Hacham Ma'atuq Cohen ('Atoji)

A Short Tribute

Hacham Ma'atuq Cohen ('Atoji), son of Kamos, was born in 1859 in Djerba, Tunisia.

His father died when he was still a child and he had to support his family. He nevertheless learned Torah with Hacham David Cohen Gisha. As an adult, he became a goldsmith and worked until he earned a reputation as a wealthy person. He did not, however, shirk from his study, would close shop on Wednesdays and spend the entire day learning Torah. He also studied in his shop and in the market synagogue.

Hacham Ma'atuq Cohen was associated with the Hacham Yitzhak Houri yeshiva in Djerba, where he studied Halakha and prayed on a regular basis. He bought and donated books to the yeshiva. He also had a pleasant voice and knew many ancient piyutim by heart.

Hacham Ma'atuq Cohen maintained a deep respect for his teachers, and would make a 7 kilometer pilgrimage to Didjat every festival to see his teacher, Hacham David Cohen Gisha; after his decease he fasted on the annual commemoration of his demise. For nearly fifty years he attended a synagogue at some distance for his home where there was no other Cohen, so that he could recite the Birkat Cohanim.

 Hacham Ma'atuq Cohen passed away on 8 Tevet, 5699 (1939) and was buried in Djerba. His original work was published after his death in Yekar 'Erech, on HaZa"L texts.

A few quotes from the Rabbi on 'Redemption of Israel' in which he cautions those who live outside the Land of Israel to fulfill the commandments so that they benefit from redemption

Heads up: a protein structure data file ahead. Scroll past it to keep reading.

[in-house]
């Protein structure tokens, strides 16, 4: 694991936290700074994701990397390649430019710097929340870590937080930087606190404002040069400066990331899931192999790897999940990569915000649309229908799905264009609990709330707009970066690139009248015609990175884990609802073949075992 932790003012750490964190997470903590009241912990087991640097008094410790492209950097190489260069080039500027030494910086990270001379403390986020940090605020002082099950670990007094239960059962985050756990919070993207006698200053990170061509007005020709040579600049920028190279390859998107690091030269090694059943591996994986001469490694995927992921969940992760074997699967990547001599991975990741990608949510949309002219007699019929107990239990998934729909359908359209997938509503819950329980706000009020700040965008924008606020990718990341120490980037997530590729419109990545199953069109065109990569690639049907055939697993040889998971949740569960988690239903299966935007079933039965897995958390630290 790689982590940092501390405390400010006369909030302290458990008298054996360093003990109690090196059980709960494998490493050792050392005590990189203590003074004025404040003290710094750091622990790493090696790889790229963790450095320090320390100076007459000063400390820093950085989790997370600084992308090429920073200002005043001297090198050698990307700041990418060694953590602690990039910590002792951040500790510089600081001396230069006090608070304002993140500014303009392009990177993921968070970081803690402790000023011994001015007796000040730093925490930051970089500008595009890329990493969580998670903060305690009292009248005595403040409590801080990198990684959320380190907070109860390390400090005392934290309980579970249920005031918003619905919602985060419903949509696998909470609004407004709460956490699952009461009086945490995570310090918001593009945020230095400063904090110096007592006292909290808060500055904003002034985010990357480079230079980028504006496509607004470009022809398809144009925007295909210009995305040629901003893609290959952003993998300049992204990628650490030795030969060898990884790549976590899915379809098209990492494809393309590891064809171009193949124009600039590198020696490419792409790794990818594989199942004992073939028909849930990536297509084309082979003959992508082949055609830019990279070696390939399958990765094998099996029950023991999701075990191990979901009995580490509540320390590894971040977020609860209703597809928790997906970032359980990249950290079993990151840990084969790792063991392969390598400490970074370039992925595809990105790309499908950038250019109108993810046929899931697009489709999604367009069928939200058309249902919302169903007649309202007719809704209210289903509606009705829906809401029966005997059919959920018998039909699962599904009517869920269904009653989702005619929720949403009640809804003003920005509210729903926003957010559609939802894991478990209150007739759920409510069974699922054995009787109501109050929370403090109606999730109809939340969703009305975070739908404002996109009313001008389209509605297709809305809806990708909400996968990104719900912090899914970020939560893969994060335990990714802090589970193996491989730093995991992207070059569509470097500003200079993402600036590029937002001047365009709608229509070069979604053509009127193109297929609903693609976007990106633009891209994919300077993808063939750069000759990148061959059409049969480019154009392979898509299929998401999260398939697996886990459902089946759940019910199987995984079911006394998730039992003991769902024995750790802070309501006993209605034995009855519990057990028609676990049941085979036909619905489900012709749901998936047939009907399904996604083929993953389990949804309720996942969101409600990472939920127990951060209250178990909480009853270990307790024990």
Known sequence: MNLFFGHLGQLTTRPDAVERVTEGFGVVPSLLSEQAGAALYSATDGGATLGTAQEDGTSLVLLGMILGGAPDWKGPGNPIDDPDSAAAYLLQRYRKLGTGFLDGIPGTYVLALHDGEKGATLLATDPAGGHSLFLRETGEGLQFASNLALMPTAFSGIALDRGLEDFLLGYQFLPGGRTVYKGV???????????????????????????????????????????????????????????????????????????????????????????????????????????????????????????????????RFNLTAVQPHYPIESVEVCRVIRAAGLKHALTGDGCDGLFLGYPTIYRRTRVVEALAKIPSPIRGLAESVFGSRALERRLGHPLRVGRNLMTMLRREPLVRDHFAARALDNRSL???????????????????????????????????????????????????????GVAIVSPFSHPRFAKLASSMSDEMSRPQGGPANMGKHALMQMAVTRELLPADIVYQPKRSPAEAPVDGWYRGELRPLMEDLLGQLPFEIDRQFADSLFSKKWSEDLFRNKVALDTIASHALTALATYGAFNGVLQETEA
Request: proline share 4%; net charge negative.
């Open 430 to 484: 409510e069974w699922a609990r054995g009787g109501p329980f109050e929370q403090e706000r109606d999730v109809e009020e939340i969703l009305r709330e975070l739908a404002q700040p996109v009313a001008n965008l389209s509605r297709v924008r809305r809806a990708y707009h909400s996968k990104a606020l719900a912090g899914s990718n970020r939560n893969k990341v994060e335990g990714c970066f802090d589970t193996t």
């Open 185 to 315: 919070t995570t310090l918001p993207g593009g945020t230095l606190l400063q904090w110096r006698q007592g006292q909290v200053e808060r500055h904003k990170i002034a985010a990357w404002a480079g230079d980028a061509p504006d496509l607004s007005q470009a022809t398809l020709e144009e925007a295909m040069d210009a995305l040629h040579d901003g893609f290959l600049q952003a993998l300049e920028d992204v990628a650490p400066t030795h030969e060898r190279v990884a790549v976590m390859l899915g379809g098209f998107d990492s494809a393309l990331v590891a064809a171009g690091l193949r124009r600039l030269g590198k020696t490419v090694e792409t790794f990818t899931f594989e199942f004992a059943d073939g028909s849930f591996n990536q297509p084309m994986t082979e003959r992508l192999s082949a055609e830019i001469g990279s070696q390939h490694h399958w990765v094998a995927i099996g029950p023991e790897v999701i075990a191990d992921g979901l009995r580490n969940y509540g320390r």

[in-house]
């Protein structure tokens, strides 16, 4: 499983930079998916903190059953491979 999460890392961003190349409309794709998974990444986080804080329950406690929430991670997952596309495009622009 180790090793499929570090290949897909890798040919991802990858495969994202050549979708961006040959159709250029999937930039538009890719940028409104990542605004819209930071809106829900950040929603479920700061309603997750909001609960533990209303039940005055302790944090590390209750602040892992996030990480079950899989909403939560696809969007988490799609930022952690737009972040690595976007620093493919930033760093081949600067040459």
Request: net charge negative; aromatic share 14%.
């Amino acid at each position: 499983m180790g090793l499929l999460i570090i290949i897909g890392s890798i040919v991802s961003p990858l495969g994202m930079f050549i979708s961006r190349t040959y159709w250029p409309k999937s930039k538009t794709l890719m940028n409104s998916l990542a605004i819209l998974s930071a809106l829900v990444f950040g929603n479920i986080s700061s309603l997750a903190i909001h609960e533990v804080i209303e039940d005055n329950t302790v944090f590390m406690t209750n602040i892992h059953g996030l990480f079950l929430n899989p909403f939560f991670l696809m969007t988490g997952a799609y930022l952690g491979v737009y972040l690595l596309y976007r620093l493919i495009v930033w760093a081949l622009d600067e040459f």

The Land of Israel is so renowned for its holy attributes and for the value of living there that our sages, of blessed memory, said that those who live outside the Land are living as though they haven't a God, heaven forbid. The heart and eyes of every Israelite must always be turned towards there... and one should make every effort to reside in the Land of Israel. Unfortunately, it is very difficult in our times for people to move to the Land of Israel and requires large sums of money, in addition to the mighty effort involved. Our sages have said that every mitzvah that a person thinks about and seeks the opportunity to fulfill is counted as though it was actually fulfilled. For the good Lord, out of His great compassion, joins good intentions to deeds. Certainly anyone who truly, wholeheartedly, looks forward to any mitzvah in hope of the time it may be fulfilled, must be very cautious that their deeds and words do not prove to contradict their thoughts…They should take care to fulfill all mitzvoth that hasten the redemption, such as Torah study during any available free time… or the mitzvah of charity, which hastens redemption…and distance themselves as much as possible from all transgression and lowly attributes that caused the destruction of our City… such as the sin of slander…and the sin of gratuitous hatred.

Yekar 'Erech, p.1, Zohar HaTzedakah Company Printing, Djerba, 1940